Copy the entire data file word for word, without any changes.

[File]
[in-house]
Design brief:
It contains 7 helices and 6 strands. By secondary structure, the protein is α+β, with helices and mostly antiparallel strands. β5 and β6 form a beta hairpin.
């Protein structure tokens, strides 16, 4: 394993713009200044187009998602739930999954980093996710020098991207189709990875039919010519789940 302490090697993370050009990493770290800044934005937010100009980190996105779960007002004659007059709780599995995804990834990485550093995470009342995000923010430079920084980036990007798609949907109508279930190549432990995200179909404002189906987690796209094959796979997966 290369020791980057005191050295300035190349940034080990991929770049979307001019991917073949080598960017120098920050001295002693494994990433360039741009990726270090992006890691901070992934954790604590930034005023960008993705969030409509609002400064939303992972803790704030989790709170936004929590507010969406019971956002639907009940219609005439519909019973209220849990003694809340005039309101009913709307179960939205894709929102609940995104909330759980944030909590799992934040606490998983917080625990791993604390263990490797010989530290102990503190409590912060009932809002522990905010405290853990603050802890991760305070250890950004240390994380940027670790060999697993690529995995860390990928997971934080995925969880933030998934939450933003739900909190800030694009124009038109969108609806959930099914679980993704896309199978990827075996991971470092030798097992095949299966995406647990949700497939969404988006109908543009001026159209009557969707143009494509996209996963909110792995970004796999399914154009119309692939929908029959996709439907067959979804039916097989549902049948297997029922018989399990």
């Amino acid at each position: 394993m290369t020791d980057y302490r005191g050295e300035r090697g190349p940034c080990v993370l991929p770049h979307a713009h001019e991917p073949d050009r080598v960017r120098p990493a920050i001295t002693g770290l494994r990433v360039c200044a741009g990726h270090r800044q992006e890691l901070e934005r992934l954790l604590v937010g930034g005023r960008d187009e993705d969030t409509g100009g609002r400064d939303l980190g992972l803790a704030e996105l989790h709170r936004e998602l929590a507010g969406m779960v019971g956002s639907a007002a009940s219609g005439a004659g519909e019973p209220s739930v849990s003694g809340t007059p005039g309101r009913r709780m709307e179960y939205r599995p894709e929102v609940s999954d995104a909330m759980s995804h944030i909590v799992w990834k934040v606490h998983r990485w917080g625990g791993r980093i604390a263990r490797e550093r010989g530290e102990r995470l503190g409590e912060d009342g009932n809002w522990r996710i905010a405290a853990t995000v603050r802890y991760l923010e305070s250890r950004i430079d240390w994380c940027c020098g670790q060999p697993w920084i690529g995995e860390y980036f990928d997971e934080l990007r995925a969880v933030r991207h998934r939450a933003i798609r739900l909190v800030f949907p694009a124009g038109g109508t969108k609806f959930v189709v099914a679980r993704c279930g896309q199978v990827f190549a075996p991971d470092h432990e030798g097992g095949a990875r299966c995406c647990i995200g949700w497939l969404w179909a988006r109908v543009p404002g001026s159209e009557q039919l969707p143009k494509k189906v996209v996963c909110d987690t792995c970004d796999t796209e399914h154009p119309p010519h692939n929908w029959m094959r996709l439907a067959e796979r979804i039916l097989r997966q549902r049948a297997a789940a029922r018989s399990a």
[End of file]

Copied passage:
[in-house]
Design brief:
It contains 7 helices and 6 strands. By secondary structure, the protein is α+β, with helices and mostly antiparallel strands. β5 and β6 form a beta hairpin.
């Protein structure tokens, strides 16, 4: 394993713009200044187009998602739930999954980093996710020098991207189709990875039919010519789940 302490090697993370050009990493770290800044934005937010100009980190996105779960007002004659007059709780599995995804990834990485550093995470009342995000923010430079920084980036990007798609949907109508279930190549432990995200179909404002189906987690796209094959796979997966 290369020791980057005191050295300035190349940034080990991929770049979307001019991917073949080598960017120098920050001295002693494994990433360039741009990726270090992006890691901070992934954790604590930034005023960008993705969030409509609002400064939303992972803790704030989790709170936004929590507010969406019971956002639907009940219609005439519909019973209220849990003694809340005039309101009913709307179960939205894709929102609940995104909330759980944030909590799992934040606490998983917080625990791993604390263990490797010989530290102990503190409590912060009932809002522990905010405290853990603050802890991760305070250890950004240390994380940027670790060999697993690529995995860390990928997971934080995925969880933030998934939450933003739900909190800030694009124009038109969108609806959930099914679980993704896309199978990827075996991971470092030798097992095949299966995406647990949700497939969404988006109908543009001026159209009557969707143009494509996209996963909110792995970004796999399914154009119309692939929908029959996709439907067959979804039916097989549902049948297997029922018989399990």
């Amino acid at each position: 394993m290369t020791d980057y302490r005191g050295e300035r090697g190349p940034c080990v993370l991929p770049h979307a713009h001019e991917p073949d050009r080598v960017r120098p990493a920050i001295t002693g770290l494994r990433v360039c200044a741009g990726h270090r800044q992006e890691l901070e934005r992934l954790l604590v937010g930034g005023r960008d187009e993705d969030t409509g100009g609002r400064d939303l980190g992972l803790a704030e996105l989790h709170r936004e998602l929590a507010g969406m779960v019971g956002s639907a007002a009940s219609g005439a004659g519909e019973p209220s739930v849990s003694g809340t007059p005039g309101r009913r709780m709307e179960y939205r599995p894709e929102v609940s999954d995104a909330m759980s995804h944030i909590v799992w990834k934040v606490h998983r990485w917080g625990g791993r980093i604390a263990r490797e550093r010989g530290e102990r995470l503190g409590e912060d009342g009932n809002w522990r996710i905010a405290a853990t995000v603050r802890y991760l923010e305070s250890r950004i430079d240390w994380c940027c020098g670790q060999p697993w920084i690529g995995e860390y980036f990928d997971e934080l990007r995925a969880v933030r991207h998934r939450a933003i798609r739900l909190v800030f949907p694009a124009g038109g109508t969108k609806f959930v189709v099914a679980r993704c279930g896309q199978v990827f190549a075996p991971d470092h432990e030798g097992g095949a990875r299966c995406c647990i995200g949700w497939l969404w179909a988006r109908v543009p404002g001026s159209e009557q039919l969707p143009k494509k189906v996209v996963c909110d987690t792995c970004d796999t796209e399914h154009p119309p010519h692939n929908w029959m094959r996709l439907a067959e796979r979804i039916l097989r997966q549902r049948a297997a789940a029922r018989s399990a």